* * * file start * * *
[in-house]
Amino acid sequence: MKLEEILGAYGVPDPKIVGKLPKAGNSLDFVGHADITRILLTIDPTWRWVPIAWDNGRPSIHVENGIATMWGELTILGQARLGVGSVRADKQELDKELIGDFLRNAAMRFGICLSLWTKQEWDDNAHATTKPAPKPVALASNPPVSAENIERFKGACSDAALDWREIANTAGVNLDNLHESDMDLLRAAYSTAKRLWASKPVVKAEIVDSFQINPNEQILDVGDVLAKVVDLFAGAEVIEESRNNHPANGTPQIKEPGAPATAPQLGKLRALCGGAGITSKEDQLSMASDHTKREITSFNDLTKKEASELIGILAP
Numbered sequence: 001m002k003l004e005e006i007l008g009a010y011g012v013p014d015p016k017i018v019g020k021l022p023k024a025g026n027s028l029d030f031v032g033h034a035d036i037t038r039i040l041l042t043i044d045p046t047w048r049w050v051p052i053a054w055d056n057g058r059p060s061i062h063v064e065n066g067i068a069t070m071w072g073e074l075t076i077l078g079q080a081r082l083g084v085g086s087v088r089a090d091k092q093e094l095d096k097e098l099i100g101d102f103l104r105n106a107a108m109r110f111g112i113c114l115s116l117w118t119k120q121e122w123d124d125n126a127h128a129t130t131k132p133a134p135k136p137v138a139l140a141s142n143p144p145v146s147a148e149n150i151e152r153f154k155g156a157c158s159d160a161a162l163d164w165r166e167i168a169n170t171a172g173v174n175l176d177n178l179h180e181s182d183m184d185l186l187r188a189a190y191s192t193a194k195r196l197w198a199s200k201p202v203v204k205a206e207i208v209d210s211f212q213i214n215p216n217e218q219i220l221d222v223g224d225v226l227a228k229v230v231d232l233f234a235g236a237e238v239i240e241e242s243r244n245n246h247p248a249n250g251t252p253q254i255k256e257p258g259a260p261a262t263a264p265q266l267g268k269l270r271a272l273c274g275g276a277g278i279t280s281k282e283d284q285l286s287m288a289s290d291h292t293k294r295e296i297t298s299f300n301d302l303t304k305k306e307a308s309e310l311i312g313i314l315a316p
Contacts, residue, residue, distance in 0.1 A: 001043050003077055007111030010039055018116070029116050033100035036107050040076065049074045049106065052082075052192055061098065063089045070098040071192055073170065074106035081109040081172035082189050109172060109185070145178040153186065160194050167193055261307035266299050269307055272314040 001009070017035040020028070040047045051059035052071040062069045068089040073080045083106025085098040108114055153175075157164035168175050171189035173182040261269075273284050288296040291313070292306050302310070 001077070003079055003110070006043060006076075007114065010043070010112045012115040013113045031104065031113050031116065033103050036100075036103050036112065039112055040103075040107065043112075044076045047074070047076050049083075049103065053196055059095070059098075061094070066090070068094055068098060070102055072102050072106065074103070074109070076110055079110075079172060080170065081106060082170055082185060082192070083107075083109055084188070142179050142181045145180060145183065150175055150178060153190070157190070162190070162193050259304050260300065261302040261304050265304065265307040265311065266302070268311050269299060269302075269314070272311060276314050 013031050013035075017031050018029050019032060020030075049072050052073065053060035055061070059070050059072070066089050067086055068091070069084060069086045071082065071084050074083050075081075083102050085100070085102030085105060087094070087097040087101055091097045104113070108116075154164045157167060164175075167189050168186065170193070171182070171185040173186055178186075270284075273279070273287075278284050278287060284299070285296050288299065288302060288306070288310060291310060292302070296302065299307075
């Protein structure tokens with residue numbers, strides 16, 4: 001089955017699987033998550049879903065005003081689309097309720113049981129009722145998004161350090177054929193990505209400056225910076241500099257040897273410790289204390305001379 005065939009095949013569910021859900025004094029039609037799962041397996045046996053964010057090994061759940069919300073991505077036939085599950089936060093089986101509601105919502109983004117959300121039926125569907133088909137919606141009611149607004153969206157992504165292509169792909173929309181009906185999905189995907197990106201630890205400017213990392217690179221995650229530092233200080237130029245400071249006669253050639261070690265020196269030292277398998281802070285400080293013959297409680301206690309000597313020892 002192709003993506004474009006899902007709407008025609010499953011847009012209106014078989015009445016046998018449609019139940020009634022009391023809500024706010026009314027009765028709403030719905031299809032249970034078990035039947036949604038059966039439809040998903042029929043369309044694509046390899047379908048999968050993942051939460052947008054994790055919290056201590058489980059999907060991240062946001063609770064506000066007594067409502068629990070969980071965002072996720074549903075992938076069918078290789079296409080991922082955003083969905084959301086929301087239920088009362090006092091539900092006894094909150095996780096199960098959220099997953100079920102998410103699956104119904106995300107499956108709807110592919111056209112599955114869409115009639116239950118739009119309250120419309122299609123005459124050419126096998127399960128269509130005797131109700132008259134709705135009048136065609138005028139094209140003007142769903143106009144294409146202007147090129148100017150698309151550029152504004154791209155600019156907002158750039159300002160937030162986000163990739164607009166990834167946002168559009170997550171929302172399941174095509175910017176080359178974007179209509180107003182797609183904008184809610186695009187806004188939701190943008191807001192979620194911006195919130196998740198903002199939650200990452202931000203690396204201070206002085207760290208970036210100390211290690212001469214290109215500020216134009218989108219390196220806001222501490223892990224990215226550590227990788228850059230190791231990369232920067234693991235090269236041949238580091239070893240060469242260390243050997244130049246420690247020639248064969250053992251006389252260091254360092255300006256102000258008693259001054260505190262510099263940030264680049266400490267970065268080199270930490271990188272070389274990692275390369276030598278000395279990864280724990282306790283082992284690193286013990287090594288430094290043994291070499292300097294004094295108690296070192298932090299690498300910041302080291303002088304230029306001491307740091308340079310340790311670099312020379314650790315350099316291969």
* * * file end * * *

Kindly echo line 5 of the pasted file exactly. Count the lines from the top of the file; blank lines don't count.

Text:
């Protein structure tokens with residue numbers, strides 16, 4: 001089955017699987033998550049879903065005003081689309097309720113049981129009722145998004161350090177054929193990505209400056225910076241500099257040897273410790289204390305001379 005065939009095949013569910021859900025004094029039609037799962041397996045046996053964010057090994061759940069919300073991505077036939085599950089936060093089986101509601105919502109983004117959300121039926125569907133088909137919606141009611149607004153969206157992504165292509169792909173929309181009906185999905189995907197990106201630890205400017213990392217690179221995650229530092233200080237130029245400071249006669253050639261070690265020196269030292277398998281802070285400080293013959297409680301206690309000597313020892 002192709003993506004474009006899902007709407008025609010499953011847009012209106014078989015009445016046998018449609019139940020009634022009391023809500024706010026009314027009765028709403030719905031299809032249970034078990035039947036949604038059966039439809040998903042029929043369309044694509046390899047379908048999968050993942051939460052947008054994790055919290056201590058489980059999907060991240062946001063609770064506000066007594067409502068629990070969980071965002072996720074549903075992938076069918078290789079296409080991922082955003083969905084959301086929301087239920088009362090006092091539900092006894094909150095996780096199960098959220099997953100079920102998410103699956104119904106995300107499956108709807110592919111056209112599955114869409115009639116239950118739009119309250120419309122299609123005459124050419126096998127399960128269509130005797131109700132008259134709705135009048136065609138005028139094209140003007142769903143106009144294409146202007147090129148100017150698309151550029152504004154791209155600019156907002158750039159300002160937030162986000163990739164607009166990834167946002168559009170997550171929302172399941174095509175910017176080359178974007179209509180107003182797609183904008184809610186695009187806004188939701190943008191807001192979620194911006195919130196998740198903002199939650200990452202931000203690396204201070206002085207760290208970036210100390211290690212001469214290109215500020216134009218989108219390196220806001222501490223892990224990215226550590227990788228850059230190791231990369232920067234693991235090269236041949238580091239070893240060469242260390243050997244130049246420690247020639248064969250053992251006389252260091254360092255300006256102000258008693259001054260505190262510099263940030264680049266400490267970065268080199270930490271990188272070389274990692275390369276030598278000395279990864280724990282306790283082992284690193286013990287090594288430094290043994291070499292300097294004094295108690296070192298932090299690498300910041302080291303002088304230029306001491307740091308340079310340790311670099312020379314650790315350099316291969």